Engineering Is the Profession Most Vital to Economic Growth, Survey FindsEngineering360 News Desk | November 03, 2015
Engineering tops the list of professions seen as most vital for economic growth, eclipsing the likes of business leaders, lawyers, doctors and teachers, according to the Create the Future Report, an international survey carried out to mark the award of the 2015 Queen Elizabeth Prize for Engineering.
An overwhelming majority of the public in each of the 10 global centers for engineering surveyed—including the U.S., Germany, Japan, Turkey, India and Brazil—agree that engineering has driven progress in society in the past and will do so in future. The top five challenges those surveyed feel engineering could improve renewable energy, computer technology, infrastructure, healthcare and online security.
Those surveyed from developing countries showed not only an appreciation for engineers' contribution to innovation and economic development, but also for engineering's potential as a career choice. In India and Turkey, approximately 80% of 16-17-year-olds say they are interested in engineering as a career.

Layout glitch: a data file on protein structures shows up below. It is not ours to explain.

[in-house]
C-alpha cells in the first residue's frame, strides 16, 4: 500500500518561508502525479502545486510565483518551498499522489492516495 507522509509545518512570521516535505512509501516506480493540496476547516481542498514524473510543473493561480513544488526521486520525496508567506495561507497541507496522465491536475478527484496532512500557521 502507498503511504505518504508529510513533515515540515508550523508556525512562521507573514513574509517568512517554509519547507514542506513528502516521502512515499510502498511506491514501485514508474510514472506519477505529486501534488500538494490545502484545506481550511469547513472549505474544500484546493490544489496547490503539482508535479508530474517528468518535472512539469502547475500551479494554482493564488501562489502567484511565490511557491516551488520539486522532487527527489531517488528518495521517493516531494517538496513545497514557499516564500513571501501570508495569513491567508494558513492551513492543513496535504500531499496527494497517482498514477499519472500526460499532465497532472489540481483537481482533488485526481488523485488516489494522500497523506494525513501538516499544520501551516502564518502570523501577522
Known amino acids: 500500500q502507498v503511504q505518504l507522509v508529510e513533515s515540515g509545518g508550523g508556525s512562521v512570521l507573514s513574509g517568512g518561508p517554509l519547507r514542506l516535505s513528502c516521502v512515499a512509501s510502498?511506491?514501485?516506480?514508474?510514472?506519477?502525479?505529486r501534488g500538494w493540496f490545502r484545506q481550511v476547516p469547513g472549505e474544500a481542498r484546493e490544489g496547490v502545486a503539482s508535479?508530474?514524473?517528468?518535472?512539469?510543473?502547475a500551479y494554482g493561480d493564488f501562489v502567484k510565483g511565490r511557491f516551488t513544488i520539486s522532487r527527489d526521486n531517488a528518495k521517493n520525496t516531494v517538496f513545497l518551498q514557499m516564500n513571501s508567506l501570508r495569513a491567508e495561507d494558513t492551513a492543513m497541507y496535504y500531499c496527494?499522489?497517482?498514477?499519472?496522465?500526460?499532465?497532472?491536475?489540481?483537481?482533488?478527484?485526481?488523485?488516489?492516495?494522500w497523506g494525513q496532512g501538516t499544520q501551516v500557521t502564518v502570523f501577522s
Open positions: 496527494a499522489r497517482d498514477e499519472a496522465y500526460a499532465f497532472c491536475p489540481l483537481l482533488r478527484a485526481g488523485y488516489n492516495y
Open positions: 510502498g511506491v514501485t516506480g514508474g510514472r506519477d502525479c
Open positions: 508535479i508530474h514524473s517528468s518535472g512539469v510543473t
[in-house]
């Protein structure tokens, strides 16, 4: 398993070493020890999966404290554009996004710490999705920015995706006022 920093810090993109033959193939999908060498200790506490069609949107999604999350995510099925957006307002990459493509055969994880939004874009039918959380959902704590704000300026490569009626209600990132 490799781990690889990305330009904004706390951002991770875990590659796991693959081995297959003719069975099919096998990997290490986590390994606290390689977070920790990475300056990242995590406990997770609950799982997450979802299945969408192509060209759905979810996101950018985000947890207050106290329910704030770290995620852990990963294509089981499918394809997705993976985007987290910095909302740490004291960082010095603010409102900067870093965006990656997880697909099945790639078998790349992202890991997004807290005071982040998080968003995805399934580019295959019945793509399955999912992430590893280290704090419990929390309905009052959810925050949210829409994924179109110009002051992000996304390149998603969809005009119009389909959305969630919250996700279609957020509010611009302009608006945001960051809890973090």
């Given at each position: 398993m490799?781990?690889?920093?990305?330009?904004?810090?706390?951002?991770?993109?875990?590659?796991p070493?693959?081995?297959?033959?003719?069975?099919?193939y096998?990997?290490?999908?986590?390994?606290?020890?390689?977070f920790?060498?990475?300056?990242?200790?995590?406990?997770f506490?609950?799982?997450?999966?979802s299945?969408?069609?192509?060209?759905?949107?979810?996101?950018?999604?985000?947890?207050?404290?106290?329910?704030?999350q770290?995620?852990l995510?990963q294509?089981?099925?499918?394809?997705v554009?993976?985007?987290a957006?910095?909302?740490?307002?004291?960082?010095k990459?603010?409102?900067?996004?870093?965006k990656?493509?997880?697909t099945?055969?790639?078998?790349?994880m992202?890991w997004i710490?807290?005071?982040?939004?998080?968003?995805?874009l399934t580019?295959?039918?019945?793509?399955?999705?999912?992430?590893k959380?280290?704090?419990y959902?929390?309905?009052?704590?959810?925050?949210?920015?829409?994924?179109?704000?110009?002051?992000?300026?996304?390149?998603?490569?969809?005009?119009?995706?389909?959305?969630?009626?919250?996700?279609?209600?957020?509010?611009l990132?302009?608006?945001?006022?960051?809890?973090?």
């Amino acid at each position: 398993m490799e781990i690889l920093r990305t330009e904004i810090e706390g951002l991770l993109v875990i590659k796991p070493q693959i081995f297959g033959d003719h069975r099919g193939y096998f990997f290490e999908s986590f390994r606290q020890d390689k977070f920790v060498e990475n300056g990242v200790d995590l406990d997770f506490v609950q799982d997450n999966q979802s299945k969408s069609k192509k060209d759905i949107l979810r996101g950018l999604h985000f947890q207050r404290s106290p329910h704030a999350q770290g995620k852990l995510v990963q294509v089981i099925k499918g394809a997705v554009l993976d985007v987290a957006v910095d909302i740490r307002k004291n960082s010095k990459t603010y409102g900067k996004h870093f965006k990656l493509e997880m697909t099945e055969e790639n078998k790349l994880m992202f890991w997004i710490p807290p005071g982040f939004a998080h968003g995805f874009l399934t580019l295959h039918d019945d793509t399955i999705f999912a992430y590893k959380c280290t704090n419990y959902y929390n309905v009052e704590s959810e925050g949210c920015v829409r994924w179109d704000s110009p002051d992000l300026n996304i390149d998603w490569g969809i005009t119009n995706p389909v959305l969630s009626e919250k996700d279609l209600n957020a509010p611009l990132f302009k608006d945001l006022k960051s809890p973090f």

Although interest in engineering lags behind interest in other STEM subjects, the gap is narrower in BRIC countries (Brazil, Russia, India and China) surveyed. In India, 99% are interested in other STEM subjects and 83% in engineering. That compares the U.K. where the figures stand at 89% and 43%, respectively.
Survey respondents in the U.S. were most confident in the opportunities that exist for engineers. The U.S. was followed closely by Germany and India. However, respondents in countries such as South Africa and Brazil felt the opportunities match their growing interest in engineering.
Other findings include:
• 71% claim that their country’s engineers do not receive the recognition they deserve for their contribution to society.
• While more men than women in all countries show an interest in engineering, the gap in interest is smallest in emerging economies such as India, Turkey, China and Brazil. The U.K., Japan and South Africa show the greatest difference between men and women.
• Respondents in eight of the 10 countries surveyed believe solving the world’s problems is the top priority for engineering in future—Japan and Turkey being the exceptions.